Author(s): Roydon Agent
Public Image Private Shame will help students look, in depth, at the modern civil rights movement of the 1950s to mid 1970s. Importantly, this book provides exciting new material that encourages students to see that the modern movement belonged to a tradition of protest that first began on the shores of Africa and continues to this day. A special feature of Public Image Private Shame provides fresh perspectives from a range of people, including movement leaders, grassroots supporters, white supremacists and political leaders. The last two chapters of the book invite students to examine race relations in the US today, and in particular, the importance, impact and issues surrounding Barack Obama’s meteoric rise in becoming the nation’s first democratically elected African- American president. The content of this book and the depth at which it is written means it can be studied at NCEA Levels 1 and 2.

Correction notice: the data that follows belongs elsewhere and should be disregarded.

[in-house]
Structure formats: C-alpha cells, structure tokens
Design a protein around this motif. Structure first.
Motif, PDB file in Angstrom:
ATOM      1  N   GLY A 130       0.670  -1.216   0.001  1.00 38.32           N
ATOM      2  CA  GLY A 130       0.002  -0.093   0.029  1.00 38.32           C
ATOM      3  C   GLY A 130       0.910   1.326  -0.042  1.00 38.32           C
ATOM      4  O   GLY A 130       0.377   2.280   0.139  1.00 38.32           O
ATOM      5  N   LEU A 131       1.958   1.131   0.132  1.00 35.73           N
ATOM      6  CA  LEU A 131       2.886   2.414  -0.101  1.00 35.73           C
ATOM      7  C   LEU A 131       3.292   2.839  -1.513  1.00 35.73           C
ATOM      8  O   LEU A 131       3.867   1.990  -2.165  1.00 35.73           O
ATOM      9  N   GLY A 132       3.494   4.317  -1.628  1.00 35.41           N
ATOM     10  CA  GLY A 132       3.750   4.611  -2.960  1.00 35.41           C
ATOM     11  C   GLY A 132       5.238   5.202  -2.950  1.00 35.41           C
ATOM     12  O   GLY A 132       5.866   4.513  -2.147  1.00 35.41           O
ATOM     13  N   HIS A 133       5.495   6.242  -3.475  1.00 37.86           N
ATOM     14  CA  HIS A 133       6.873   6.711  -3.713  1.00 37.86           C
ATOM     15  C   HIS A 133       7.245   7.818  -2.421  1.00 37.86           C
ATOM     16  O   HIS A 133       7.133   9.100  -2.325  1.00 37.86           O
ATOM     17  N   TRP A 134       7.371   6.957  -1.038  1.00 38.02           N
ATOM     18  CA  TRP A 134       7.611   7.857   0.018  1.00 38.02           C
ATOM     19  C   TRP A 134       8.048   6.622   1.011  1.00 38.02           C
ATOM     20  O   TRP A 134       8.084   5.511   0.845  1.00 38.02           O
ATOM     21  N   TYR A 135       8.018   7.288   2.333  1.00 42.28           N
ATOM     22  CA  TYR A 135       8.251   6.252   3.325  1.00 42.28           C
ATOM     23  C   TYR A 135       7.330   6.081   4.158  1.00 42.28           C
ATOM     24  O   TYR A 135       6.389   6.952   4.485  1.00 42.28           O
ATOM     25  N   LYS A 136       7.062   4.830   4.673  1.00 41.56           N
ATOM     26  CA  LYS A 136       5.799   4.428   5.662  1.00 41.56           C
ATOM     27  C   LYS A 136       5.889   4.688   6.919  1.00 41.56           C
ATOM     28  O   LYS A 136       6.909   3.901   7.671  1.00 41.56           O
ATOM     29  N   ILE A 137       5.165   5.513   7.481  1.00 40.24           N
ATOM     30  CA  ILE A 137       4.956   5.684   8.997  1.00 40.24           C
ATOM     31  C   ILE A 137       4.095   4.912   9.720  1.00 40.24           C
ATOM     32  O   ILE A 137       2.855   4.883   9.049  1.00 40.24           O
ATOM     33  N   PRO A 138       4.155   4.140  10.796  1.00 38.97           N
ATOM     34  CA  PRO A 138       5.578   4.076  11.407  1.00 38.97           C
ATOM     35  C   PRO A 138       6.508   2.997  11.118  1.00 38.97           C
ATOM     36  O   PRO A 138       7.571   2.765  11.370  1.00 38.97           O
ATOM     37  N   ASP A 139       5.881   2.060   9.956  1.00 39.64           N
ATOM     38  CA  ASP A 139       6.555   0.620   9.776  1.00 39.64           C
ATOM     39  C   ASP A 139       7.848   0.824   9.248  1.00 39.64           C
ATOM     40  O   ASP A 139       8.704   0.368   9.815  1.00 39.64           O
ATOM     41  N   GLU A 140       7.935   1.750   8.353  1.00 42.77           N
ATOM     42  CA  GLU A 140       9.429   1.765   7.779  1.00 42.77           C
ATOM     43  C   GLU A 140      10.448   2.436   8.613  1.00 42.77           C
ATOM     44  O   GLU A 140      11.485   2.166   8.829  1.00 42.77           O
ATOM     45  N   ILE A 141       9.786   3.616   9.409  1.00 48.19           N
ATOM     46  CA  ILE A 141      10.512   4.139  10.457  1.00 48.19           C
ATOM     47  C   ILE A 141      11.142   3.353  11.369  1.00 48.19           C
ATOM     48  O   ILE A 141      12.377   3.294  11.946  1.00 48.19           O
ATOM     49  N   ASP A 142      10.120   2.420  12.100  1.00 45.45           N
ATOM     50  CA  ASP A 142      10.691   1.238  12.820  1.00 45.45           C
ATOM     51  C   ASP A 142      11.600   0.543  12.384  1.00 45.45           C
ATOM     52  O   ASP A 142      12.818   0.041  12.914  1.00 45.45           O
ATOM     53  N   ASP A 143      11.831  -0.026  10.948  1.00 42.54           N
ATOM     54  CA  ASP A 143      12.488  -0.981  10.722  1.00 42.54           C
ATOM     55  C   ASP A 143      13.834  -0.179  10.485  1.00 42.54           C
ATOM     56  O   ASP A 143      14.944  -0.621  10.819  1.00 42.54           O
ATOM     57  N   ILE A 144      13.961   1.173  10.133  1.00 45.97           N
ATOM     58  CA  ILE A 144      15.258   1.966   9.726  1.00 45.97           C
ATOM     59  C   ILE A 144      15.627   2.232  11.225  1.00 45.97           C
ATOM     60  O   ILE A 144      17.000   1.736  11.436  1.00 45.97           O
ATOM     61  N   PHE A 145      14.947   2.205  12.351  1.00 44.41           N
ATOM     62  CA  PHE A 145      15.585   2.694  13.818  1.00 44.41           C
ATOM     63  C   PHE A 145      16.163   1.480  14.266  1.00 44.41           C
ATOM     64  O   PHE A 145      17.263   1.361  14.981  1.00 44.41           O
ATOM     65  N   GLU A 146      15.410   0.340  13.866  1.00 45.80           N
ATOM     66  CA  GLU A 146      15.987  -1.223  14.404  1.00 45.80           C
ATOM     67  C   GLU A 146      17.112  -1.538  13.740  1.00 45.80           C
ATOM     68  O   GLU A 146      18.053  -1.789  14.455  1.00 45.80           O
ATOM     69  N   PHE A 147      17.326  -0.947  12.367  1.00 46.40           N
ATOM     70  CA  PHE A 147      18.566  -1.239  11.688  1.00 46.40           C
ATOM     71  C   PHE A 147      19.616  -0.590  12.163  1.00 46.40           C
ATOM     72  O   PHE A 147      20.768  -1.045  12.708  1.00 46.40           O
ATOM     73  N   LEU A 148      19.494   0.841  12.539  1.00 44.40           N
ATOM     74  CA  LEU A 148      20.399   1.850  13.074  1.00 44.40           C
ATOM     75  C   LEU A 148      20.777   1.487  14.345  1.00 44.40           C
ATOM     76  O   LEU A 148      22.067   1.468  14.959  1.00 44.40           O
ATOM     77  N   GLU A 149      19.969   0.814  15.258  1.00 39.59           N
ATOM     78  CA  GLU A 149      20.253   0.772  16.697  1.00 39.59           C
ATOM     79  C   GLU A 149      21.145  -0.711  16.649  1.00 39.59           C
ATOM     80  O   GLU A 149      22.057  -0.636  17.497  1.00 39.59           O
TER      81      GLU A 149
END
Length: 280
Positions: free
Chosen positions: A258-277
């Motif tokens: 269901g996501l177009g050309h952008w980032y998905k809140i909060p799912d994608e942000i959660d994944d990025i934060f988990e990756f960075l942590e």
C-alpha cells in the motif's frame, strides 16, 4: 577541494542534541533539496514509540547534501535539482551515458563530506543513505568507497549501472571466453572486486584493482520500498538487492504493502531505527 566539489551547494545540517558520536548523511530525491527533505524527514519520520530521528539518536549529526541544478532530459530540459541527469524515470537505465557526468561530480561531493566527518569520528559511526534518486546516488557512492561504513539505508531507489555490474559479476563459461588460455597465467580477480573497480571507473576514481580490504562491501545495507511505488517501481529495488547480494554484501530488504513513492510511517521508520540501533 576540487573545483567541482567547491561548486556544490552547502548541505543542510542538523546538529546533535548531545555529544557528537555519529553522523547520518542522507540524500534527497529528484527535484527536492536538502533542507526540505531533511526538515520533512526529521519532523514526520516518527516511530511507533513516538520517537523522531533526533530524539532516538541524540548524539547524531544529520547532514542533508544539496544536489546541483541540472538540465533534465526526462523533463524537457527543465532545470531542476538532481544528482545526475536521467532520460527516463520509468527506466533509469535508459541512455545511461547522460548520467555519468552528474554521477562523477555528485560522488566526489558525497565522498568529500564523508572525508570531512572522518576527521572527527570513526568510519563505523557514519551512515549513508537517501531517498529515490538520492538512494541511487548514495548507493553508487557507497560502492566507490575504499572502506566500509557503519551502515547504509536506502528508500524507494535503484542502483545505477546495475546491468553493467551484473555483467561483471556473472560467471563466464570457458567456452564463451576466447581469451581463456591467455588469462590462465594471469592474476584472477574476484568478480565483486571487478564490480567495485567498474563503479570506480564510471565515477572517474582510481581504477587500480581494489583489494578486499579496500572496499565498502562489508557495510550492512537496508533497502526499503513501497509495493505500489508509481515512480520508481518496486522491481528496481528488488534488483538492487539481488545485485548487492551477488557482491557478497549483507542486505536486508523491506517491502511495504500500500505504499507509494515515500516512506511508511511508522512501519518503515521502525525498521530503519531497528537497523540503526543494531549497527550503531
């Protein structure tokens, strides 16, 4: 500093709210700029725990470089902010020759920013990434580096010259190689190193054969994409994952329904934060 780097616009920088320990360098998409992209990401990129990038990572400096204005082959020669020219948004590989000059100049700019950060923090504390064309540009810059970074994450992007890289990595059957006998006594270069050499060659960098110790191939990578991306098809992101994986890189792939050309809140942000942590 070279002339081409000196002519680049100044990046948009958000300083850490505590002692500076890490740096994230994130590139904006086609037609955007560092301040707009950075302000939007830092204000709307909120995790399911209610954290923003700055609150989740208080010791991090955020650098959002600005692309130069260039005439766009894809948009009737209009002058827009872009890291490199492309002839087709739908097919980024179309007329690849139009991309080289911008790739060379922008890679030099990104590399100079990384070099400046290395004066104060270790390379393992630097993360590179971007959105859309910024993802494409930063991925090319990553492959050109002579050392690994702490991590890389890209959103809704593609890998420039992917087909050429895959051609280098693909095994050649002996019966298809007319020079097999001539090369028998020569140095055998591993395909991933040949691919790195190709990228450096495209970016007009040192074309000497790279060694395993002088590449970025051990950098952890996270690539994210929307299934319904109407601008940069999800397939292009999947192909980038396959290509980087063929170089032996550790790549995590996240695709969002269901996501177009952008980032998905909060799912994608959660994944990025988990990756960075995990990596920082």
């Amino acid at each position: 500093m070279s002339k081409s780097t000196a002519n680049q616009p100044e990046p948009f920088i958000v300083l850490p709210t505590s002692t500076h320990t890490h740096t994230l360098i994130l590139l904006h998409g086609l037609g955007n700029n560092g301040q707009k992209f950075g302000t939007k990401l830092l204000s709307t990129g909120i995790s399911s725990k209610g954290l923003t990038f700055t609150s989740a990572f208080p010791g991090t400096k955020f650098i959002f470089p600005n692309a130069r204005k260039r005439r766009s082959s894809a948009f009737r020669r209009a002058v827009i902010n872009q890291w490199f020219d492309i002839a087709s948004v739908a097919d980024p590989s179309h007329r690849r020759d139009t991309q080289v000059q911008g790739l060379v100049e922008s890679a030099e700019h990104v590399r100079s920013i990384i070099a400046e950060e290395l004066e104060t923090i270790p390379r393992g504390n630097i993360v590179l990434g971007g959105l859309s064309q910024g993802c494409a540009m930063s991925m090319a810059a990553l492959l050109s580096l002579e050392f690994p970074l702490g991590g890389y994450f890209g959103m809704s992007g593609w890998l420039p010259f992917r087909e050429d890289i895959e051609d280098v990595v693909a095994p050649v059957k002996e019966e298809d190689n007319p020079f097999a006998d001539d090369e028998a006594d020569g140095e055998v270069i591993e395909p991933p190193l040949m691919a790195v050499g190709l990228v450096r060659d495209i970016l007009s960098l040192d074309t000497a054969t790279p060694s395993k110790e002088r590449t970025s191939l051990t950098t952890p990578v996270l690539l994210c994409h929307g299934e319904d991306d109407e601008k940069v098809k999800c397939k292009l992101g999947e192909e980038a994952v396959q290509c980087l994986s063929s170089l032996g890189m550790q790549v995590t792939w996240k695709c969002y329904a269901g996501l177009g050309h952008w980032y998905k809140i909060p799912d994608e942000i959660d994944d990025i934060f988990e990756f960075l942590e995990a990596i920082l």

Roydon Agent teaches History at Kamo High School in Whangarei. He was a Fulbright Scholar to the US in 2007, and in 2009 Roydon travelled to the US as a recipient of the State Department’s International Visitor Leadership Program. Roydon is a specialist in Black civil rights history and has travelled to the US several times researching this book. During this time he had the privilege of meeting with key civil rights legends, including SNCC leaders Congressman John Lewis and Julian Bond, Little Rock students Terrance Roberts, Minnijean Tinkley, Corretta Scott Young, Fred Gray (Rosa Parks’ lawyer), and Billy Kyles (who was near King when he was assassinated).